FRESNO -- Talk about a strange request.
Pat Hill gathered his troops at halftime of Saturday's shootout with Kansas State and asked for something quite specific.
"Let me go tell everyone the story of this team," he said. "Let me do that."
Hill's Bulldogs were leading 31-21 at the time, and the longtime coach knew in his gut that his guys were up to finishing the job.
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And he was dying to share his feelings about this remarkable group with the public.
So all he was asking, really, was for more of the same.
He got it, too.
Fresno State raced off and dusted K-State in a 45-29 victory that wasn't ever in doubt once the Dogs wiped out an early 14-3 deficit with four consecutive first-half touchdowns.
Hill knew early in the third quarter that he'd have his chance to talk about this team he's come to admire.
The Dogs drove the length of the field with the second-half kickoff, broke K-State's will with a TD to make it 37-21 and never looked back.
"That was the ballgame," Hill said. "If a team is going to make a stand, it happens on the first possession of the third quarter.
"K-State would have been back in the game with a stop, but instead, we went right down and scored. It was a beatdown after that. No doubts."
No, except for exactly what Hill wanted to say when he finally got a chance to address the media.
Like most coaches, Pat generally is still pumped full of adrenaline right after a game, so it's tough for him to switch off his game face.
Even when he wants to be a bit more conversational, the guy struggles to keep from sounding brusque.
In this case, maybe that was a good thing -- because if the time and place had been right for Hill to open his heart, the world might actually have seen a tear.
Pat Hill quite simply loves this football team.
With good reason, too.
Remember, the entire Bulldog universe collapsed a year ago -- when a senior-laden club with plenty of talent and huge expectations hit some rough spots and then did something totally stunning.
That bunch just quit on Hill.
For a man who's built a well-deserved reputation for year-in, year-out toughness -- and national acclaim for playing the best teams he can find no matter when or where -- that 4-8 nightmare in 2006 was a gut shot.
It also put the Fresno State program under a shadow.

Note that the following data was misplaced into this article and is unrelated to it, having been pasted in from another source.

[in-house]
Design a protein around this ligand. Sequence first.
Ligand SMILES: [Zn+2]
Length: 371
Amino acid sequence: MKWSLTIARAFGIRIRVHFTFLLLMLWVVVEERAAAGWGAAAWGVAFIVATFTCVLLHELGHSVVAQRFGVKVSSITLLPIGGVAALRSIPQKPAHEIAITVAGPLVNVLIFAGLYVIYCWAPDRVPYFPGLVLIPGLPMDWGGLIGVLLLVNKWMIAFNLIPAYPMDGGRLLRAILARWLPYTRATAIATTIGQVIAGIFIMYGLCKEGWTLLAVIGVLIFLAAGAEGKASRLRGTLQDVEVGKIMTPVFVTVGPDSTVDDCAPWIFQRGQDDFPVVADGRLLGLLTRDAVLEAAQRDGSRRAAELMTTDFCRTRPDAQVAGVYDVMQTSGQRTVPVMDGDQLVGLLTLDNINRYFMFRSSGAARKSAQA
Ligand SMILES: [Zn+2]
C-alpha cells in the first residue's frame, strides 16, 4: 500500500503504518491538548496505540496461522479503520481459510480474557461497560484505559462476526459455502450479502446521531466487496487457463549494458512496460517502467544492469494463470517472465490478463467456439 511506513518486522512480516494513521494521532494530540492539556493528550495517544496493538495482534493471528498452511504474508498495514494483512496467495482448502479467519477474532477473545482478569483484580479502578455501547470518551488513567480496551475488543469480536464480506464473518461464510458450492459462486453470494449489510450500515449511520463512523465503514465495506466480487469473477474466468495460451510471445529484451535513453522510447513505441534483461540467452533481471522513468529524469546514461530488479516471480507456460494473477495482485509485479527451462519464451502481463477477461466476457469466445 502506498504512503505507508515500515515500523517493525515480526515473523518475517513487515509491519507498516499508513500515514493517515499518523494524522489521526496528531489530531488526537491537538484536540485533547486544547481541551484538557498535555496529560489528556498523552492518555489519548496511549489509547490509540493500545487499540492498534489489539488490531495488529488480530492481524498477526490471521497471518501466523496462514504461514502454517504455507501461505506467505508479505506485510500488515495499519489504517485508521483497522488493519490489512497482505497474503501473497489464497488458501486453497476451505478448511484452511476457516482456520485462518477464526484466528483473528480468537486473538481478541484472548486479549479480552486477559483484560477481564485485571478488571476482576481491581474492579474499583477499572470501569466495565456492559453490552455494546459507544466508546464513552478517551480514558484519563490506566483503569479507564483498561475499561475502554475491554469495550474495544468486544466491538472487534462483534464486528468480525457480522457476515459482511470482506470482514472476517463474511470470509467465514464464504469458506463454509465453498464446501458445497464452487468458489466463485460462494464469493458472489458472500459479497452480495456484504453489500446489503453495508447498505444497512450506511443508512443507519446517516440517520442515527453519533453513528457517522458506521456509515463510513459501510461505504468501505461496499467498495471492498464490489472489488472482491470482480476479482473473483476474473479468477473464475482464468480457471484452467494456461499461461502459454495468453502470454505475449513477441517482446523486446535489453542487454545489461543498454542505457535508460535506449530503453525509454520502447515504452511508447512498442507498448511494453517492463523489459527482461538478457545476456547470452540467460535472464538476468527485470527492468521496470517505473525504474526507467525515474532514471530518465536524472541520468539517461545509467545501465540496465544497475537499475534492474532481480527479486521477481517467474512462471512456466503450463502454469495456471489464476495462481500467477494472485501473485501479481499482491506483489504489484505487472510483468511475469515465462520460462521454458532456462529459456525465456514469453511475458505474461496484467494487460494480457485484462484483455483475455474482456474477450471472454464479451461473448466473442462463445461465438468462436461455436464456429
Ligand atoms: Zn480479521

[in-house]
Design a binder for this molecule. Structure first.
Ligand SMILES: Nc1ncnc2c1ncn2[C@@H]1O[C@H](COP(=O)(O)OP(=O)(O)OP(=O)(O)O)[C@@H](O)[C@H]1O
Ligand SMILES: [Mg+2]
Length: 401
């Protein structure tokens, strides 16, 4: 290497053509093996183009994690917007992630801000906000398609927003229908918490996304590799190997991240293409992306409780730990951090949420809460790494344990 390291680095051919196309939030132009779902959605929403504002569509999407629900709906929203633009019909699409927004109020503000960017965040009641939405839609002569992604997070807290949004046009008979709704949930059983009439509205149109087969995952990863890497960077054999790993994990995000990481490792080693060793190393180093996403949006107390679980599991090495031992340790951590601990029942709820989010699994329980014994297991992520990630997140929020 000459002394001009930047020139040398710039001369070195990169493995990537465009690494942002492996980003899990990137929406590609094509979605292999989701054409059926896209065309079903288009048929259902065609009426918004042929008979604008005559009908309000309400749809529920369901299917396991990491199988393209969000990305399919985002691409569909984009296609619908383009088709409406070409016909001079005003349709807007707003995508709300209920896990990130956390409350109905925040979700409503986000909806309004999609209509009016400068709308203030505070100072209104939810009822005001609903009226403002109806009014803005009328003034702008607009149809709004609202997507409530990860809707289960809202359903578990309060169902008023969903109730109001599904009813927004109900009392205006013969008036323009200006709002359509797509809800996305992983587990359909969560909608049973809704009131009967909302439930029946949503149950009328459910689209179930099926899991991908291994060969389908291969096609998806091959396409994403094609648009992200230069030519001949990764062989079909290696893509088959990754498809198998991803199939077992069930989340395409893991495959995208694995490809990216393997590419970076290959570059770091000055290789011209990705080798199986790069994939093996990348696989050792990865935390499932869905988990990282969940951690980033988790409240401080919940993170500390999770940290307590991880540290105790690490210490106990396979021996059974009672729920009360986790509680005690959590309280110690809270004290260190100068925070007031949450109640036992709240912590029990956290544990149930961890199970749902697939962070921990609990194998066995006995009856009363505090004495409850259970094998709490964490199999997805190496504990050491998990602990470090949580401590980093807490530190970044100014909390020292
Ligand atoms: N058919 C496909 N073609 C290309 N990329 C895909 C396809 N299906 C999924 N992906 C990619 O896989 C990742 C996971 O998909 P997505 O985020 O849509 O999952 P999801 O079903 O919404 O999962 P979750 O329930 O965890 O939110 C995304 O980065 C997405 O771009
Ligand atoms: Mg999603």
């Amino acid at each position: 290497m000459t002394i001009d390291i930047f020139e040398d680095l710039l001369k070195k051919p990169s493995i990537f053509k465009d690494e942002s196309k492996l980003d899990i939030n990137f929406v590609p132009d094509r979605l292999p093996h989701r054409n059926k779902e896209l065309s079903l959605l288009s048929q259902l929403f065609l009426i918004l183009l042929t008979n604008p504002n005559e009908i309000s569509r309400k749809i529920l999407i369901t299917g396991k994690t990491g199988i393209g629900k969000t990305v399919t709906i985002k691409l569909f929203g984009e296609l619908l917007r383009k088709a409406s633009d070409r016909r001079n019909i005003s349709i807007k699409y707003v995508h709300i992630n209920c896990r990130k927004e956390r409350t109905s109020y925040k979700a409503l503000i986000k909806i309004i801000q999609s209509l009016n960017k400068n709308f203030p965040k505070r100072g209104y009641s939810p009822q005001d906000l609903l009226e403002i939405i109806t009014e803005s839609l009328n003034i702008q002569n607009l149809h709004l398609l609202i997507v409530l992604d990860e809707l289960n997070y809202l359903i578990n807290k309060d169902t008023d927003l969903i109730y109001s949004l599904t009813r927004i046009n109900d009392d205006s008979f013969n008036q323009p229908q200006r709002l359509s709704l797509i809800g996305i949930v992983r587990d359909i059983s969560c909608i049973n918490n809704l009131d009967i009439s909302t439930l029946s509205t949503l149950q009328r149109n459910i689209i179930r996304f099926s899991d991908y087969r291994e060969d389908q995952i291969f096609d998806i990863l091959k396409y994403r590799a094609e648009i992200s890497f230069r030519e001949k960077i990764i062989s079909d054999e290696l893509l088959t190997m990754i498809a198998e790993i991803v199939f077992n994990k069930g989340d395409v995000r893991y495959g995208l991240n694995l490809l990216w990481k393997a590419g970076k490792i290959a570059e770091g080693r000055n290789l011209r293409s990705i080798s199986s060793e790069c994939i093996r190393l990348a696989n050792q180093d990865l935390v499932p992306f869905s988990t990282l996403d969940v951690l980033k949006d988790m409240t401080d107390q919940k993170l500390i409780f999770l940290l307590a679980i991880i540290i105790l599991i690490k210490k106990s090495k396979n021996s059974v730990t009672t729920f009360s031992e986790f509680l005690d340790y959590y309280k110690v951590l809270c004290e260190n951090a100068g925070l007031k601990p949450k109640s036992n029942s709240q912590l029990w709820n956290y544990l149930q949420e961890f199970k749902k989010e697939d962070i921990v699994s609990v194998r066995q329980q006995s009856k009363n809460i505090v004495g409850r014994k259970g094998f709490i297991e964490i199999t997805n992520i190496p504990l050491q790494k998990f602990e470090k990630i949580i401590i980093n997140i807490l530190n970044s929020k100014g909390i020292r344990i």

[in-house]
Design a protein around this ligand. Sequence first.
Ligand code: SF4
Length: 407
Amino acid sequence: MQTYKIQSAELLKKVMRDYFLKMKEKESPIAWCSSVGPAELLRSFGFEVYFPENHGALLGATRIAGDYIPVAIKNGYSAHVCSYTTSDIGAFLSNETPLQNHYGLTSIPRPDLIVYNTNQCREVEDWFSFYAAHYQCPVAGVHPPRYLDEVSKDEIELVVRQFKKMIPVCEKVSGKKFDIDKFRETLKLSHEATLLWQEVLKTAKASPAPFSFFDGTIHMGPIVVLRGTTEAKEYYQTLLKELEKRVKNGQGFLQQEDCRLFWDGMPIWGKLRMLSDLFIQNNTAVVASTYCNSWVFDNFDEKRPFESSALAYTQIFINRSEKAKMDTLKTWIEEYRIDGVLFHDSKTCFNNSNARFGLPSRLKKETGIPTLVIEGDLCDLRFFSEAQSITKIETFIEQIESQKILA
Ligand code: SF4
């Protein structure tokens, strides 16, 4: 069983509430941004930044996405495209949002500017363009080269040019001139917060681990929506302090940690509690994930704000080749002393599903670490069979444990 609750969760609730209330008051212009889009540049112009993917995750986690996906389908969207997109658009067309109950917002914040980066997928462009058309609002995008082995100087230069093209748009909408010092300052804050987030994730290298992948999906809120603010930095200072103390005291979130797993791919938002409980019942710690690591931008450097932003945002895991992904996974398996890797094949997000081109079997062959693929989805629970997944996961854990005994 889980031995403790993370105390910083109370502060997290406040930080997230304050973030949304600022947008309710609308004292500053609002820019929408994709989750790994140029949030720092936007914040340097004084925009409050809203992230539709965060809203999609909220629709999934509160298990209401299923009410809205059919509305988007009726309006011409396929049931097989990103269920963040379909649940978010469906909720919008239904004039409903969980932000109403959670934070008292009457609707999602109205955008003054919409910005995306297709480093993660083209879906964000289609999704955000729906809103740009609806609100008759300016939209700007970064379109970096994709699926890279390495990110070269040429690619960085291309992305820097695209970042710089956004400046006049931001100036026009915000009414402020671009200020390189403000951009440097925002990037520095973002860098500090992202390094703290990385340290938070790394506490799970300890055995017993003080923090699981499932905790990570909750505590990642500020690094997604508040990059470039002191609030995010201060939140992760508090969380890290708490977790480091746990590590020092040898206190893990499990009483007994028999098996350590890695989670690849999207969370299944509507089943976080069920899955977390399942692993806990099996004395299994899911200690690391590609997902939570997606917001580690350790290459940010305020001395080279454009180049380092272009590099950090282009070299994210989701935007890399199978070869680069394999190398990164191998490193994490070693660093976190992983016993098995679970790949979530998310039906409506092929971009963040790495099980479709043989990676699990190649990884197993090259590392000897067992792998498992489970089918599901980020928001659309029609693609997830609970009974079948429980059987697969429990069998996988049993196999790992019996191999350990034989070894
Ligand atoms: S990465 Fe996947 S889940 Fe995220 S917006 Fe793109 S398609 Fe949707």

Hawaii and Boise State were going to be the WAC's glamor teams from the get-go this season, and for good reason.
So the Dogs, with their usual brutal non-conference schedule, weren't expected to be conference contenders -- but there were plenty of doomsayers ready to throw dirt on Fresno State if Hill suffered another poor season.
Even some of the Bulldog faithful had to be wondering.
That's life in a mid-major conference. Bouquets and applause are great when you're going good, but skeptics are waiting around every corner.
One bad year and you're on the brink. Two, and nobody even remembers your school colors.
Hill's emotions right now trace back -- in part -- to the legacy heaped on this remarkably young 2007 team.
It might be a stretch to say the kids were being asked to save the program...
But not by much.
And against that backdrop, these Dogs have been buried by bad luck.
There was precious little experience around, and then two key players -- receiver Chastin West and middle linebacker Aji Lane -- were lost before the first game.
Every week since, more guys have gone down. And amazingly, somebody new and tough enough to be Hill's kind of Bulldog keeps stepping into the breach.
Even against Kansas State, star tight end Bear Pascoe sat it out, frosh running back sensation Ryan Mathews had to be used sparingly and all-purpose threat Clifton Smith hurt his hip in the second quarter.
"It's kind of unbelievable," said quarterback Tom Brandstater, "but whenever we lose guys or we face adversity, somebody comes in and keeps it going."
Fresno State is 7-4 with a very winnable game at New Mexico State remaining -- and only a dicey call in overtime at Texas A&M keeps that record from being 8-3.
The Dogs have won at Nevada, scared Hawaii witless with a late rally in Honolulu and -- even more important -- played like those Fresno State teams that the big-name schools have always seemed to avoid.
Oh, and they've clinched a bowl bid.
"These guys," Hill said, "are the definition of resilience. And nobody outside the program -- nobody -- realizes everything they've been through."
Hill paused and finally softened his voice.
"This team has restored respect for Fresno State football and what it means," he said.
Some people view Hill as perpetually gruff, but what they're actually seeing is a man who cares about what he's built -- and whose pride was horribly wounded a year ago.
And now a group of young men have gone to battle, refused to give an inch -- and returned the snarl to Hill's program.
Once again, seeing Fresno State on the schedule means fearing for your health as much as your won-lost record.
Hill has his Dogs back.
No wonder he loves 'em.